What I also love about it is that the book is way better than it would be if either one of us were doing it solo. You know we… [love-struck sigh] we finish each other’s sentences! [laughs] We literally finish each other’s sentences. And it’s that kind of funny thing too where, sometimes we’ll set each other up for jokes that we didn’t even see coming. We tend to split up a book by pages; somebody will write the first half, the other guy will write the second half, and then we trade back and forth and edit each other’s stuff until we’re both happy. Sometimes one guy will write an entire book and the other will write the next book and we’ll trade back and forth. But we’re always going back in and editing each other, and during the course of doing that, it is kind of amazing how many times one guy set’s something up without quite realizing how good a setup it is, and the other guy sees where it goes and buts the button on it. It’s just a blast having someone else to catch you like that.
CC: How about what’s happening with Amadeus Cho, are you excited about that?
GP: Oh, yeah. Amadeus is just a huge amount of fun to write. It’s fairly rare for a new character to stick around this long and to have a shot the way Amadeus has had. It’s a blast to be part of that, definitely.
I created Amadeus in 2005 for a book called Amazing Fantasy #15. It was a anthology book and the editor gave us writers a challenge of picking an old Golden Age name that Marvel owned and re-imagining a character based on that. I picked Master Mind Excello, and that was my inspiration for Amadeus Cho. People liked him, and then we brought him back for World War Hulk. Then he ended up buddy-ing up with Hercules, and now he’s got his own mini-series that comes out in May. It’s been a lot of fun being able to build his storyline over the course of five years now. It’s pretty gratifying; it’s fairly rare for a new character to get traction.
CC: I know you started in film, and that’s how you got into comics. How does working in both affect each other? How do the comics affect the films and vice versa?
GP: That’s a good question. Definitely working in film set me up for writing comics in the sense that it’s the same kind of storytelling. It’s visual storytelling, dramatic storytelling. You’re telling stories for pictures, essentially. So the same basic principles apply. Of course there are differences in format; comics are actually a little harder to write than film because comics writers are… I think you have to do a little more work, in the sense of, you know, you break down each page and describe what happens on each panel in a way you wouldn’t quite do for film. You’re writing a little more evocatively in film, and leaving it up to the director and the DP to figure out how they’re going to break it down. It’s like a comics script is like a film script with director’s notes sort of built in.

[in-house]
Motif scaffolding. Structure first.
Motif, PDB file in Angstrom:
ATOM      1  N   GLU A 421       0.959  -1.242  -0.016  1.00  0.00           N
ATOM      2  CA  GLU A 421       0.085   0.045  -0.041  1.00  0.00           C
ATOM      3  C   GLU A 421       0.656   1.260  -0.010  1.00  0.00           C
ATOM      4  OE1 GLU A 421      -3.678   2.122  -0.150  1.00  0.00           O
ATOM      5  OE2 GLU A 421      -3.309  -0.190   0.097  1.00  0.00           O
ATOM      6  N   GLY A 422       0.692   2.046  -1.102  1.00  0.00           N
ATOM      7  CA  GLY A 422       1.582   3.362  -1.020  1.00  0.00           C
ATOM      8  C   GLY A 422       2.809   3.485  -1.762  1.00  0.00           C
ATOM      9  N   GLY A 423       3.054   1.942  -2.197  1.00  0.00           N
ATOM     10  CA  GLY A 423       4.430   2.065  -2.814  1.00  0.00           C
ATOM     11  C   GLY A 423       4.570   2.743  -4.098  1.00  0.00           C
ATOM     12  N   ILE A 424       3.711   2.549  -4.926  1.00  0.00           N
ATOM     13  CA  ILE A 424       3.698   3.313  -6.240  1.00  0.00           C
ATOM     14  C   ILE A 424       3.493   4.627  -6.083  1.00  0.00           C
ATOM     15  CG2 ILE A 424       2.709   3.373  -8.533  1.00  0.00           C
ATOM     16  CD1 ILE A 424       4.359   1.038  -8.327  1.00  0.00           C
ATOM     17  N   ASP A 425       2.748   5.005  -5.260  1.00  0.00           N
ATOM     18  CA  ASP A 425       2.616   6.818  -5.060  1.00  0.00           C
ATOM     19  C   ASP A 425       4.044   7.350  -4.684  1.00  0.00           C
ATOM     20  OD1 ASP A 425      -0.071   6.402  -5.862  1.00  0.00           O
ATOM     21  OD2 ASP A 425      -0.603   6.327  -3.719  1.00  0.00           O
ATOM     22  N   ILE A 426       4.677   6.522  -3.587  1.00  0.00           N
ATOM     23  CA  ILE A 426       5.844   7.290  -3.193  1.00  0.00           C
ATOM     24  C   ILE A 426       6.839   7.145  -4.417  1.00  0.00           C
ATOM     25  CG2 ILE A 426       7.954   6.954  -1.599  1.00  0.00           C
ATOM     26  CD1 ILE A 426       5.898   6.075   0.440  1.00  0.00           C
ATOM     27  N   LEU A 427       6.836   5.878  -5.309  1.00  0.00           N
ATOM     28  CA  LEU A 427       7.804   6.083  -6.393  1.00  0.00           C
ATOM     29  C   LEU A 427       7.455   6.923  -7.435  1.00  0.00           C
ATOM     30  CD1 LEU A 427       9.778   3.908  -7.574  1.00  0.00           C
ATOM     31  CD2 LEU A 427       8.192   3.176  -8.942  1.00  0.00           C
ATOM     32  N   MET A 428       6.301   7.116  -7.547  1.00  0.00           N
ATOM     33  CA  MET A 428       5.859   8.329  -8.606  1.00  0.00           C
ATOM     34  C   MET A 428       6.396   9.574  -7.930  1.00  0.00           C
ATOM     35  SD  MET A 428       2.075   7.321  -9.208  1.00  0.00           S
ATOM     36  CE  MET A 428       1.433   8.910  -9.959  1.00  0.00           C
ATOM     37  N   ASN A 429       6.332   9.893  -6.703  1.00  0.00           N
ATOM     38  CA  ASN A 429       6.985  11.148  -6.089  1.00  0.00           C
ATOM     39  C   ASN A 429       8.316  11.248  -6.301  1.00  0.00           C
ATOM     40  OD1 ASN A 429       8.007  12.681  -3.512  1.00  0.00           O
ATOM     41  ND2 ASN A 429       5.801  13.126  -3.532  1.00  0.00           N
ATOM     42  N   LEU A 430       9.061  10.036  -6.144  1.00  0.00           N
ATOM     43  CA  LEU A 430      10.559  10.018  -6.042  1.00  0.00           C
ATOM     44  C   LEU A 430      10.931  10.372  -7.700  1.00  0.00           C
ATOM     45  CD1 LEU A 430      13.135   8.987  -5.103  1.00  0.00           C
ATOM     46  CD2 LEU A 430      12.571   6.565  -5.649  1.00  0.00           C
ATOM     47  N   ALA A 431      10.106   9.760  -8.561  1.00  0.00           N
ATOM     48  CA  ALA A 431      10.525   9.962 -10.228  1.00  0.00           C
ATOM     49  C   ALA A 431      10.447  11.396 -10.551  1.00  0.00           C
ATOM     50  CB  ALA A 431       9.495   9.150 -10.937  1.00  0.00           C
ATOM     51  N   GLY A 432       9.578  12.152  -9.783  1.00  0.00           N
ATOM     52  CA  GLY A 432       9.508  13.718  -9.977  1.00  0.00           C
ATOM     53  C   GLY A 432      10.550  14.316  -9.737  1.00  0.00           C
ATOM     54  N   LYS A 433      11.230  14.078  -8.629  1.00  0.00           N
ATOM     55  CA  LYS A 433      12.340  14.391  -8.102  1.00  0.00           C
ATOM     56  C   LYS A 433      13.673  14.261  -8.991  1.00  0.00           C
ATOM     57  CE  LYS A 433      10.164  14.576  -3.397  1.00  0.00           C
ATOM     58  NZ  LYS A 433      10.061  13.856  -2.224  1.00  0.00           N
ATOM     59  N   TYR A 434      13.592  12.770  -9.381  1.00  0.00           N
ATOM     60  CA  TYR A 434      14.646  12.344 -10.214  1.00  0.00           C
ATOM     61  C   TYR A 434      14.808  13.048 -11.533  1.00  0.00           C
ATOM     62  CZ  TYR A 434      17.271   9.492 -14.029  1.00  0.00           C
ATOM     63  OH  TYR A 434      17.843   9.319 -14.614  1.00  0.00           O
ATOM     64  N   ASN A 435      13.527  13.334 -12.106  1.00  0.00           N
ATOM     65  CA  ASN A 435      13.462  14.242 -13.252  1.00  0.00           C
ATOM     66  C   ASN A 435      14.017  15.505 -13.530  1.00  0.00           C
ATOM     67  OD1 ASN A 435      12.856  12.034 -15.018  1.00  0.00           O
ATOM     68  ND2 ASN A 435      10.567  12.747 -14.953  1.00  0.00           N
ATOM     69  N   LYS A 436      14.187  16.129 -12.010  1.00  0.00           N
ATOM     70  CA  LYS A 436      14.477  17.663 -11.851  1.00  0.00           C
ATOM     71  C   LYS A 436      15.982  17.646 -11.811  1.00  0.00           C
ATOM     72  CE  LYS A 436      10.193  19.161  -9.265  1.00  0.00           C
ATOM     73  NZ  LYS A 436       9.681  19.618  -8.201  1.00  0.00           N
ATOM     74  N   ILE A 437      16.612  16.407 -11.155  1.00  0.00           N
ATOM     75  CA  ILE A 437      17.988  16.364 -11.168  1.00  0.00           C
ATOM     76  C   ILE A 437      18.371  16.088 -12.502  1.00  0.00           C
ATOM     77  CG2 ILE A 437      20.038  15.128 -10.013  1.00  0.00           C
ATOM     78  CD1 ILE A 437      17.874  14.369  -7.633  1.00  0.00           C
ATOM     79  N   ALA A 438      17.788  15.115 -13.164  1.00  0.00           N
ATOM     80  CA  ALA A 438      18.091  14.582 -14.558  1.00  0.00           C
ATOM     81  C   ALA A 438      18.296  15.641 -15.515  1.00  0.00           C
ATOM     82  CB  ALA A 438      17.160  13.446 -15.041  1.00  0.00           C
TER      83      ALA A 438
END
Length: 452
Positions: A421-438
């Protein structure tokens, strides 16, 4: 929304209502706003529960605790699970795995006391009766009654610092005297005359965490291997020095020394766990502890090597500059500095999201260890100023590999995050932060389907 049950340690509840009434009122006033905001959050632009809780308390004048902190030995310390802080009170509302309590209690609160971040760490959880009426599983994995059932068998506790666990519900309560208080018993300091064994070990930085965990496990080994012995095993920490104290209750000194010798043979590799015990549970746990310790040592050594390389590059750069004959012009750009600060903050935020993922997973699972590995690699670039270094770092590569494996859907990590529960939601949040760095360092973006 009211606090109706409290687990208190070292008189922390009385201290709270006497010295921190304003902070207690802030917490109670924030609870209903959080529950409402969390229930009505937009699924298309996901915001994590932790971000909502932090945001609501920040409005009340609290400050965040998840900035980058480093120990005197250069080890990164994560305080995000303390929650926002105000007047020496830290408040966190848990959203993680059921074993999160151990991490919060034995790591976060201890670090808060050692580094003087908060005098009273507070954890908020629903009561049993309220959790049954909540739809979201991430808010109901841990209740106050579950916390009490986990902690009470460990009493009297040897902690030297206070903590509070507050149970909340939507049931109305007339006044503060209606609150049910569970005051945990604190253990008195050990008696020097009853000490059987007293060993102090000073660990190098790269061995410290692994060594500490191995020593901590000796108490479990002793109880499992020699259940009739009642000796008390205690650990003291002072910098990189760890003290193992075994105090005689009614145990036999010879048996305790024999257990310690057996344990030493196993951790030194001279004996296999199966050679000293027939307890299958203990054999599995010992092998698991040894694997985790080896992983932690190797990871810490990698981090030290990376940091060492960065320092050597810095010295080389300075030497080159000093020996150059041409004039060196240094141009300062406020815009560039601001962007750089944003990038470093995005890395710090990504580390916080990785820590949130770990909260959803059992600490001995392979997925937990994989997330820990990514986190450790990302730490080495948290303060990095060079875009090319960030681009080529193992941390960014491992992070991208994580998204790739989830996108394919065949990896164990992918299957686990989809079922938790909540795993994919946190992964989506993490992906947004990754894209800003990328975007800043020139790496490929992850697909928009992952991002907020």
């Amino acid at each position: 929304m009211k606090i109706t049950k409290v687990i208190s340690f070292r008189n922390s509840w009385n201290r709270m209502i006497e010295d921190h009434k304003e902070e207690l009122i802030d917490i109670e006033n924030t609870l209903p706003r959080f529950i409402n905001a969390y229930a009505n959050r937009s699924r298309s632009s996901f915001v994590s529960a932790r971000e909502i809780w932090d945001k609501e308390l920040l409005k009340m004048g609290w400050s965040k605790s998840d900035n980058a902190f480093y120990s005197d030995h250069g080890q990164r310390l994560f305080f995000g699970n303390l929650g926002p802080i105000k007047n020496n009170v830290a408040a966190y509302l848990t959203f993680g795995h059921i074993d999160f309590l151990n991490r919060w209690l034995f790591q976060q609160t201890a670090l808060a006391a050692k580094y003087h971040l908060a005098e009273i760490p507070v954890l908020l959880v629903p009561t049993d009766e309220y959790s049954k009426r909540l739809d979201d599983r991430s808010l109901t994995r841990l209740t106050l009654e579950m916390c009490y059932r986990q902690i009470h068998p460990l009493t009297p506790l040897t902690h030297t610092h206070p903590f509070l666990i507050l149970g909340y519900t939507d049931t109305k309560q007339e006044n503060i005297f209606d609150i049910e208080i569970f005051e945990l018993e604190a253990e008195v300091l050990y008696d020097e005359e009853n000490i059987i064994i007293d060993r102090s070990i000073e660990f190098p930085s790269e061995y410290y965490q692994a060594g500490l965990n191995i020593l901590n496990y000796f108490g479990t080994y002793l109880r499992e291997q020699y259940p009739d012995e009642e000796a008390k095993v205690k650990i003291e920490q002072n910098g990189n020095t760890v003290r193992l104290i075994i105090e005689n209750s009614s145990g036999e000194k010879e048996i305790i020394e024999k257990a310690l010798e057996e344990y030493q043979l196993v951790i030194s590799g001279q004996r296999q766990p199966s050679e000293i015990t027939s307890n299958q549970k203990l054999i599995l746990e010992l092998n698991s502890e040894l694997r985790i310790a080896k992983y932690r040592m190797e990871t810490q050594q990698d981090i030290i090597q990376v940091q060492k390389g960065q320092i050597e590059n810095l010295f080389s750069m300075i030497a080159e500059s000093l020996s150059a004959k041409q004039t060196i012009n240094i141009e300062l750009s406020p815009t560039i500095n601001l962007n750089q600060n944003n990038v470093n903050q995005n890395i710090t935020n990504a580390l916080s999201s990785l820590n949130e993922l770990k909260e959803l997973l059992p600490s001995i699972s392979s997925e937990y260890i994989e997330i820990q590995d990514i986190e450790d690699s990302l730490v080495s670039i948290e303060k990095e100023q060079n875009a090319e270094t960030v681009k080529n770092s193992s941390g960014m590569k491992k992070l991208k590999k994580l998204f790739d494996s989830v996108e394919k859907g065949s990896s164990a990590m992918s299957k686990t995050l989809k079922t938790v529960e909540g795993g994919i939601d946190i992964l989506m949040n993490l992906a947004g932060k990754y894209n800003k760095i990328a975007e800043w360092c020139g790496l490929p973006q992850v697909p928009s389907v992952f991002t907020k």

I think working in comics has been good for me as a filmmaker just because- and I’ve been doing this all through filmmaking in a sense- working in comics gave me even more practice and experience working with other creative people and collaborating. And that’s what both of these mediums are all about. You’re working with your DP’s and your creative team and doing your best to help create the look and get the feel that you’re going for.
Both mediums require really fast decision-making. That’s also helpful. Churning out [scripts] and being on the monthly schedule with comics, doing, say, three books a month, you have to make decisions every single day and send in notes almost every single day and you just have to live with it. It’s the same thing on a film set; you have to make snap judgments every single second on set. There’s nothing a crew hates more than a director who can’t make up his or her mind, because then nothing happens and everything falls behind and it all falls apart. For better or worse you just have to make your choices and just go go go.
CC: Yeah, I’ve been there.
GP: [laughs] Exactly. But comics are good for maintaining my chops in that regard.
CC: Talking about movies, real quick, are you excited about Iron Man 2? Have you seen it yet?
GP: No, I haven’t, but I think I’m going to see it next week though, and yes, I’m incredibly excited about it! I think it looks amazing. The first Iron Man movie I thought was the best superhero movie… basically ever, with the possible exception of the first Superman, the Richard Donner Superman. But yeah, I’m thrilled. I’m really excited about the Scott Pilgrim movie, too. That’s the other one I’ve got my eye on this summer.